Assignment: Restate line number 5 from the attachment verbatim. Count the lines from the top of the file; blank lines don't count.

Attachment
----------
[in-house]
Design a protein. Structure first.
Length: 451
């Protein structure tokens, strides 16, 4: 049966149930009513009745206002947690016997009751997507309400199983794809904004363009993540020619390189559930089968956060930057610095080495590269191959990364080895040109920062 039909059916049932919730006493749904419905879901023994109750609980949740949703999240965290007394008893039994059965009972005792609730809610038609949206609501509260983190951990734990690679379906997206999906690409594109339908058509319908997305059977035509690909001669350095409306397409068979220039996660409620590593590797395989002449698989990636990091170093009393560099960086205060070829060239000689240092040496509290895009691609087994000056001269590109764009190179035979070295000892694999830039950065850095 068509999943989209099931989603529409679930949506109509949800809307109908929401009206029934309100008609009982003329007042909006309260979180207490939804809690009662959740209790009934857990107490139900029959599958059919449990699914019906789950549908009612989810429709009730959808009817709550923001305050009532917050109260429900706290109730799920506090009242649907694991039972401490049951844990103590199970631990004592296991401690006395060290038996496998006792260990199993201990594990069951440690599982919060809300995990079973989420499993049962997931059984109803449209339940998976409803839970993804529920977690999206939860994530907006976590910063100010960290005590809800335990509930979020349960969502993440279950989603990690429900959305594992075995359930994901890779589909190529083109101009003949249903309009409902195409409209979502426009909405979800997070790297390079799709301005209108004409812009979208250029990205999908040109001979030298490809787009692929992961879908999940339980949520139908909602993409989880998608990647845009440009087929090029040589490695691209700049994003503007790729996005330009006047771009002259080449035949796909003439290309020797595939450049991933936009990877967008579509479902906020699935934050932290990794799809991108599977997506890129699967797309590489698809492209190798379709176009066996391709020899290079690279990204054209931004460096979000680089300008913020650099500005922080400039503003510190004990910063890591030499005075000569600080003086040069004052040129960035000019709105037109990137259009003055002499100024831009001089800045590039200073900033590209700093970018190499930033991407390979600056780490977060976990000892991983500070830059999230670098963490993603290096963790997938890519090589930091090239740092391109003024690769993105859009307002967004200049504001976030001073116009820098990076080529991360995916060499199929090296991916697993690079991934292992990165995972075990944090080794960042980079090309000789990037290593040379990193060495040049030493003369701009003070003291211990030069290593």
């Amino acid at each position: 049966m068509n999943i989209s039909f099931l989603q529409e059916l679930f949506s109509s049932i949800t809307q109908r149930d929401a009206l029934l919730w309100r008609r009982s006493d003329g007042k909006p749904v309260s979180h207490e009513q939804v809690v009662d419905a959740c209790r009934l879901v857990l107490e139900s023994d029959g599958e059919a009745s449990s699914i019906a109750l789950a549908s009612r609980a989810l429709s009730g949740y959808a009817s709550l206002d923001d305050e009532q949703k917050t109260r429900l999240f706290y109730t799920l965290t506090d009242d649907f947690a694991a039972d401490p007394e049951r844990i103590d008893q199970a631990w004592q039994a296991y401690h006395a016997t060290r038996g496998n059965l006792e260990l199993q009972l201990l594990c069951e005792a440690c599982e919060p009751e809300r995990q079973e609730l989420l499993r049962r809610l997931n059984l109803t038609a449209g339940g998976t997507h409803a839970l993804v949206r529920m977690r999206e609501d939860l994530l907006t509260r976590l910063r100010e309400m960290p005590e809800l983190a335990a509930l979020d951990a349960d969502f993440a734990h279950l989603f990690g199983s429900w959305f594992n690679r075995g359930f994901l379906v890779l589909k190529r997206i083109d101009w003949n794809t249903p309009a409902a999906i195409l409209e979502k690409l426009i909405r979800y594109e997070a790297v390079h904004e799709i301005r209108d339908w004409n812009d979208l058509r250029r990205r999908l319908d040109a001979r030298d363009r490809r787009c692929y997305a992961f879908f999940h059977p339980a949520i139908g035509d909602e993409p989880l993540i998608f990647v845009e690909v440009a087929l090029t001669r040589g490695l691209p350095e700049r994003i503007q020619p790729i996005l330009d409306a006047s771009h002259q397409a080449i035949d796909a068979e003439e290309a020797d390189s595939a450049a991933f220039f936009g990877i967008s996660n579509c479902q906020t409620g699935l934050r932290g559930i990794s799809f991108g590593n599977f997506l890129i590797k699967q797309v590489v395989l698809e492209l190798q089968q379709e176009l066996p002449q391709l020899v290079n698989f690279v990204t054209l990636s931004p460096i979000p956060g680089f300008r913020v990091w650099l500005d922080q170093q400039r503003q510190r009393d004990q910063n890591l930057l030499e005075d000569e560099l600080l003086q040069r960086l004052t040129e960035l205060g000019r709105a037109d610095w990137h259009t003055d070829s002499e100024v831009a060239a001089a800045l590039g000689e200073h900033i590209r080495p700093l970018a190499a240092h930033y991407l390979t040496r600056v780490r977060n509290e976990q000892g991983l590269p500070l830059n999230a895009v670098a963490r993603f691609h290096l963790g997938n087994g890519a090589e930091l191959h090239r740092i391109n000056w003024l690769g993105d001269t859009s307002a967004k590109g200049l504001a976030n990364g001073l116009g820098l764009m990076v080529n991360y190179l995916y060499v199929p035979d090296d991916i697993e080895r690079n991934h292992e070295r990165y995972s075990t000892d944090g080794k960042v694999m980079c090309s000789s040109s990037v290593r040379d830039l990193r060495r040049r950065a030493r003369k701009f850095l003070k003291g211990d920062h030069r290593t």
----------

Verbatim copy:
């Amino acid at each position: 049966m068509n999943i989209s039909f099931l989603q529409e059916l679930f949506s109509s049932i949800t809307q109908r149930d929401a009206l029934l919730w309100r008609r009982s006493d003329g007042k909006p749904v309260s979180h207490e009513q939804v809690v009662d419905a959740c209790r009934l879901v857990l107490e139900s023994d029959g599958e059919a009745s449990s699914i019906a109750l789950a549908s009612r609980a989810l429709s009730g949740y959808a009817s709550l206002d923001d305050e009532q949703k917050t109260r429900l999240f706290y109730t799920l965290t506090d009242d649907f947690a694991a039972d401490p007394e049951r844990i103590d008893q199970a631990w004592q039994a296991y401690h006395a016997t060290r038996g496998n059965l006792e260990l199993q009972l201990l594990c069951e005792a440690c599982e919060p009751e809300r995990q079973e609730l989420l499993r049962r809610l997931n059984l109803t038609a449209g339940g998976t997507h409803a839970l993804v949206r529920m977690r999206e609501d939860l994530l907006t509260r976590l910063r100010e309400m960290p005590e809800l983190a335990a509930l979020d951990a349960d969502f993440a734990h279950l989603f990690g199983s429900w959305f594992n690679r075995g359930f994901l379906v890779l589909k190529r997206i083109d101009w003949n794809t249903p309009a409902a999906i195409l409209e979502k690409l426009i909405r979800y594109e997070a790297v390079h904004e799709i301005r209108d339908w004409n812009d979208l058509r250029r990205r999908l319908d040109a001979r030298d363009r490809r787009c692929y997305a992961f879908f999940h059977p339980a949520i139908g035509d909602e993409p989880l993540i998608f990647v845009e690909v440009a087929l090029t001669r040589g490695l691209p350095e700049r994003i503007q020619p790729i996005l330009d409306a006047s771009h002259q397409a080449i035949d796909a068979e003439e290309a020797d390189s595939a450049a991933f220039f936009g990877i967008s996660n579509c479902q906020t409620g699935l934050r932290g559930i990794s799809f991108g590593n599977f997506l890129i590797k699967q797309v590489v395989l698809e492209l190798q089968q379709e176009l066996p002449q391709l020899v290079n698989f690279v990204t054209l990636s931004p460096i979000p956060g680089f300008r913020v990091w650099l500005d922080q170093q400039r503003q510190r009393d004990q910063n890591l930057l030499e005075d000569e560099l600080l003086q040069r960086l004052t040129e960035l205060g000019r709105a037109d610095w990137h259009t003055d070829s002499e100024v831009a060239a001089a800045l590039g000689e200073h900033i590209r080495p700093l970018a190499a240092h930033y991407l390979t040496r600056v780490r977060n509290e976990q000892g991983l590269p500070l830059n999230a895009v670098a963490r993603f691609h290096l963790g997938n087994g890519a090589e930091l191959h090239r740092i391109n000056w003024l690769g993105d001269t859009s307002a967004k590109g200049l504001a976030n990364g001073l116009g820098l764009m990076v080529n991360y190179l995916y060499v199929p035979d090296d991916i697993e080895r690079n991934h292992e070295r990165y995972s075990t000892d944090g080794k960042v694999m980079c090309s000789s040109s990037v290593r040379d830039l990193r060495r040049r950065a030493r003369k701009f850095l003070k003291g211990d920062h030069r290593t």